It’s not something or someone you see every day.
“This river is considered my home,” said mermaid Zenevieva a.k.a. Gray Young, sitting on the shore under the High Level Bridge in Lethbridge.
“I can’t necessarily clean up all by myself, so inspiring people to help with me is a really big thing I’m trying to do today.”
Saturday marked the Helen Schuler Nature Centre’s first Shoreline Cleanup. Taking place on the first Saturday of every month, it’s one of the many conservation efforts the centre runs throughout the year.
But, like many things over the last year and a half, the cleanups were put on hold in 2020 due to the COVID-19 pandemic.
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Zenevieva spends a lot of time down by the water. Lately, she’s noticed an increase in garbage being left behind.
“We’ve never seen litter like this before in the coulees,” she said, “let alone anywhere else.”
It’s part of what inspired her to take part in Saturday’s Shoreline Cleanup and hopefully get more people out.
Zenevieva said people will often stop to talk with her when she’s out swimming. Someone asked her for a photo and they got to talking about nature, the coulees and how much they both loved the area.
“It’s incredible to see so many people care about the environment,” said Zenevieva. “It’s what keeps the world spinning.”
Nick Toews was out on Saturday cleaning up the shoreline. With cooler temperatures on Saturday, he felt it was a good day to spend outside helping the community.
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“We can finally get out and do a little something with the extra time we have now,” he said. “Because we find ourselves in the coulees a lot, it seems useful to double up that time maybe and put some time into the community.”
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Toews said there was trash left behind in the coulees prior to the COVID-19 pandemic but it’s gotten significantly worse.
“It gotten to the point where we started to really question whether we had something going on because it was so frequent,” he said.
Siya Young was also out cleaning up on Saturday. She worries about the animals who live in the area.
“There’s a lot of garbage around,” she said. “And we don’t want animals to start eating it and get really sick.”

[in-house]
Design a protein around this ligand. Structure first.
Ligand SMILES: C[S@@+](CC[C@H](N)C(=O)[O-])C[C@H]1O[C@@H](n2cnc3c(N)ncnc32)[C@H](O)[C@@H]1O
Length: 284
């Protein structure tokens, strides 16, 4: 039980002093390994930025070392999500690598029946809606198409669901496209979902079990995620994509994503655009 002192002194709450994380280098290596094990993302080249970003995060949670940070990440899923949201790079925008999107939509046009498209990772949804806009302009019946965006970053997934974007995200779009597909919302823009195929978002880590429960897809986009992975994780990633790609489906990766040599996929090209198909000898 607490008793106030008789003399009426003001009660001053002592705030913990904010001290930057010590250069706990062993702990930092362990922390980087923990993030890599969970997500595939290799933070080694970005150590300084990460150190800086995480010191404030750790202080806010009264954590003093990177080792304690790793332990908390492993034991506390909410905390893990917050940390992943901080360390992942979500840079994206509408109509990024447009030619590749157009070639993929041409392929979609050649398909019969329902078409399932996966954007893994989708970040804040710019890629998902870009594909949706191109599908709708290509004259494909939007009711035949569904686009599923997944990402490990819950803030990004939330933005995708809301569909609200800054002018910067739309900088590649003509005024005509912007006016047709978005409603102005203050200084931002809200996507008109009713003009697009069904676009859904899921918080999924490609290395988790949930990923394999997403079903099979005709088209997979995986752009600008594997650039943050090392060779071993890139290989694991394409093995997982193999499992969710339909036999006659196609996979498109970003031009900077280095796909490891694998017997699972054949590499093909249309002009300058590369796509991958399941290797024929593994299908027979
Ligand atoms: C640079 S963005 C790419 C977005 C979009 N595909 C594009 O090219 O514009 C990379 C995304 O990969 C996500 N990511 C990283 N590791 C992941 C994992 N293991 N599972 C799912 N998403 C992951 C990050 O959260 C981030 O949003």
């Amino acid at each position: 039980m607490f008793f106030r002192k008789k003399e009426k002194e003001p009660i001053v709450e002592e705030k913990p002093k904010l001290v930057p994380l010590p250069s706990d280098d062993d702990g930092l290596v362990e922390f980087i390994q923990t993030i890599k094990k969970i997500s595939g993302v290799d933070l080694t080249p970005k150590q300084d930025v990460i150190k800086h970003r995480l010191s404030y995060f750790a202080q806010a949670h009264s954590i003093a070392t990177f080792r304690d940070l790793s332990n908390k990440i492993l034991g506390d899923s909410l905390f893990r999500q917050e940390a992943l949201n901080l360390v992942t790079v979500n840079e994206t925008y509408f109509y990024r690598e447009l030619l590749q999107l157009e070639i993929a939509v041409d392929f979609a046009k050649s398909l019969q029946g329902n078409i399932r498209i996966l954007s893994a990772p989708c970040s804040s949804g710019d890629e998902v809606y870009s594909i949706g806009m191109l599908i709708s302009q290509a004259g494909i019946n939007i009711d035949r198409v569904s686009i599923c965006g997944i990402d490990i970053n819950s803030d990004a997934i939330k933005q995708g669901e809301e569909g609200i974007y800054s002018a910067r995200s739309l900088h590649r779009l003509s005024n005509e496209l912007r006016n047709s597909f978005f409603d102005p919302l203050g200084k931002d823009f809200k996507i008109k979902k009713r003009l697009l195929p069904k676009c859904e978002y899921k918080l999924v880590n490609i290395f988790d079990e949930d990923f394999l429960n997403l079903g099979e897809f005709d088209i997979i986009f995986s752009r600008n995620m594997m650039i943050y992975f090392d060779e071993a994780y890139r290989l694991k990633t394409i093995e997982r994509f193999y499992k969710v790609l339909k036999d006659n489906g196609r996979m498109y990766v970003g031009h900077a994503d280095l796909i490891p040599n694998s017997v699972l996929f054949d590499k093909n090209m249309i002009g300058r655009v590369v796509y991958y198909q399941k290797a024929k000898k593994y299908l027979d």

Taylor Hecker is a program leader with the Helen Schuler Nature Centre. He was out on Saturday handing out gloves, garbage bags and clipboards so people could track what they find during the cleanup.
He said every little bit of help counts.
“The stuff they’re picking up, they don’t realize the impact of it,” he said. “Even tiny things — like we see a lot of cigarette butts and little bits of plastic, and those things can accumulate in the wildlife and in the rivers.”
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In 2019, 324 people took part in the monthly Shoreline Cleanups. The centre said 2,890 cigarette butts were collected, making up 37 per cent of the total garbage from the year. Plastic pieces were the next highest at 1,676, or 22 per cent, the organization said.
Zenevieva hopes that by swimming up to shore and engaging with the community, she will inspire kids and their parents to take part in the cleanups — something she called “building a world of awesomeness.”
There’s no time like the present, especially with virtually all restrictions being lifted earlier this week.
“We can start a new page, start trying to take better care of ourselves and maybe better care of the environment as well, and might as well have some fun with it. It never hurts to have some fun while we do some good stuff,” she said.
Hecker said he met Zenevieva and was happy she took part in cleaning up the shoreline.
“It’s always something new around here,” he said. “Definitely a unique experience.”
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